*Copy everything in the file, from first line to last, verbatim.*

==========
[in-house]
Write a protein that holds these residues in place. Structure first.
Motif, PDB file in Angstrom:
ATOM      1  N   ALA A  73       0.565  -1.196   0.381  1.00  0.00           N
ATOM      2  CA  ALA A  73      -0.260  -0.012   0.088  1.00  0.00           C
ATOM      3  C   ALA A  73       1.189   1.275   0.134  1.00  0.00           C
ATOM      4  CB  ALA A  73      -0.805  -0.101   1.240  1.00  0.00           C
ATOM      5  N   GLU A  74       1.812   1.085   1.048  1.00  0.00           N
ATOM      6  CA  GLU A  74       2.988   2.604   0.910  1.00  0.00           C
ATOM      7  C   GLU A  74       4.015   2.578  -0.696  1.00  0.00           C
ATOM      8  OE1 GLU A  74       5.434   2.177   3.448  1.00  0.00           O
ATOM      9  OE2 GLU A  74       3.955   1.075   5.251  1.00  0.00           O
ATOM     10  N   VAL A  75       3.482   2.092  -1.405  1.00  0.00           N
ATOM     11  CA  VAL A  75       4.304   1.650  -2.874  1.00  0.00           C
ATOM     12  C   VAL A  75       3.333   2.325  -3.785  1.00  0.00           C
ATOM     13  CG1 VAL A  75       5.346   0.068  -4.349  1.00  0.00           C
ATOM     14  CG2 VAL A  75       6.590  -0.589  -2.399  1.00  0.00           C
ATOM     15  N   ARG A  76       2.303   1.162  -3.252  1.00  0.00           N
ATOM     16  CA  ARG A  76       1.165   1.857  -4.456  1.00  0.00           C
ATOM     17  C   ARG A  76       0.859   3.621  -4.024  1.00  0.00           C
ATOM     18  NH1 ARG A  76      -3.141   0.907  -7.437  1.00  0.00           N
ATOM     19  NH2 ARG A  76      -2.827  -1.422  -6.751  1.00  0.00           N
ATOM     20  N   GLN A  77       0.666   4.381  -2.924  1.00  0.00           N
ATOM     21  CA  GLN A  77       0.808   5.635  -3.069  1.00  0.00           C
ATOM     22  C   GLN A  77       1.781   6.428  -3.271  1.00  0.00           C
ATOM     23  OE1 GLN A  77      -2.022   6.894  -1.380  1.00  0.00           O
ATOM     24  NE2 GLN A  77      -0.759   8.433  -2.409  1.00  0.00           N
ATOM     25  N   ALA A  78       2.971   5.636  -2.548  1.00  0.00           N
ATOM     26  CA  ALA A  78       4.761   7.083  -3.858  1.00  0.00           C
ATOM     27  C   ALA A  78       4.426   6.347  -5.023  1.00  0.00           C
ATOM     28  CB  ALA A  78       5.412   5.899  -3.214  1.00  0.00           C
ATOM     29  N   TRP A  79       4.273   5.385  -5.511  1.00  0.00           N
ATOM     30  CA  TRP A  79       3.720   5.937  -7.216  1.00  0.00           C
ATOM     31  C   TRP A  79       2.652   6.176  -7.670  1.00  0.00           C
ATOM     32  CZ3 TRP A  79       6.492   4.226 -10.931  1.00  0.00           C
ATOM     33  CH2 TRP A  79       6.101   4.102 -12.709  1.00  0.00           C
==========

[in-house]
Write a protein that holds these residues in place. Structure first.
Motif, PDB file in Angstrom:
ATOM      1  N   ALA A  73       0.565  -1.196   0.381  1.00  0.00           N
ATOM      2  CA  ALA A  73      -0.260  -0.012   0.088  1.00  0.00           C
ATOM      3  C   ALA A  73       1.189   1.275   0.134  1.00  0.00           C
ATOM      4  CB  ALA A  73      -0.805  -0.101   1.240  1.00  0.00           C
ATOM      5  N   GLU A  74       1.812   1.085   1.048  1.00  0.00           N
ATOM      6  CA  GLU A  74       2.988   2.604   0.910  1.00  0.00           C
ATOM      7  C   GLU A  74       4.015   2.578  -0.696  1.00  0.00           C
ATOM      8  OE1 GLU A  74       5.434   2.177   3.448  1.00  0.00           O
ATOM      9  OE2 GLU A  74       3.955   1.075   5.251  1.00  0.00           O
ATOM     10  N   VAL A  75       3.482   2.092  -1.405  1.00  0.00           N
ATOM     11  CA  VAL A  75       4.304   1.650  -2.874  1.00  0.00           C
ATOM     12  C   VAL A  75       3.333   2.325  -3.785  1.00  0.00           C
ATOM     13  CG1 VAL A  75       5.346   0.068  -4.349  1.00  0.00           C
ATOM     14  CG2 VAL A  75       6.590  -0.589  -2.399  1.00  0.00           C
ATOM     15  N   ARG A  76       2.303   1.162  -3.252  1.00  0.00           N
ATOM     16  CA  ARG A  76       1.165   1.857  -4.456  1.00  0.00           C
ATOM     17  C   ARG A  76       0.859   3.621  -4.024  1.00  0.00           C
ATOM     18  NH1 ARG A  76      -3.141   0.907  -7.437  1.00  0.00           N
ATOM     19  NH2 ARG A  76      -2.827  -1.422  -6.751  1.00  0.00           N
ATOM     20  N   GLN A  77       0.666   4.381  -2.924  1.00  0.00           N
ATOM     21  CA  GLN A  77       0.808   5.635  -3.069  1.00  0.00           C
ATOM     22  C   GLN A  77       1.781   6.428  -3.271  1.00  0.00           C
ATOM     23  OE1 GLN A  77      -2.022   6.894  -1.380  1.00  0.00           O
ATOM     24  NE2 GLN A  77      -0.759   8.433  -2.409  1.00  0.00           N
ATOM     25  N   ALA A  78       2.971   5.636  -2.548  1.00  0.00           N
ATOM     26  CA  ALA A  78       4.761   7.083  -3.858  1.00  0.00           C
ATOM     27  C   ALA A  78       4.426   6.347  -5.023  1.00  0.00           C
ATOM     28  CB  ALA A  78       5.412   5.899  -3.214  1.00  0.00           C
ATOM     29  N   TRP A  79       4.273   5.385  -5.511  1.00  0.00           N
ATOM     30  CA  TRP A  79       3.720   5.937  -7.216  1.00  0.00           C
ATOM     31  C   TRP A  79       2.652   6.176  -7.670  1.00  0.00           C
ATOM     32  CZ3 TRP A  79       6.492   4.226 -10.931  1.00  0.00           C
ATOM     33  CH2 TRP A  79       6.101   4.102 -12.709  1.00  0.00           C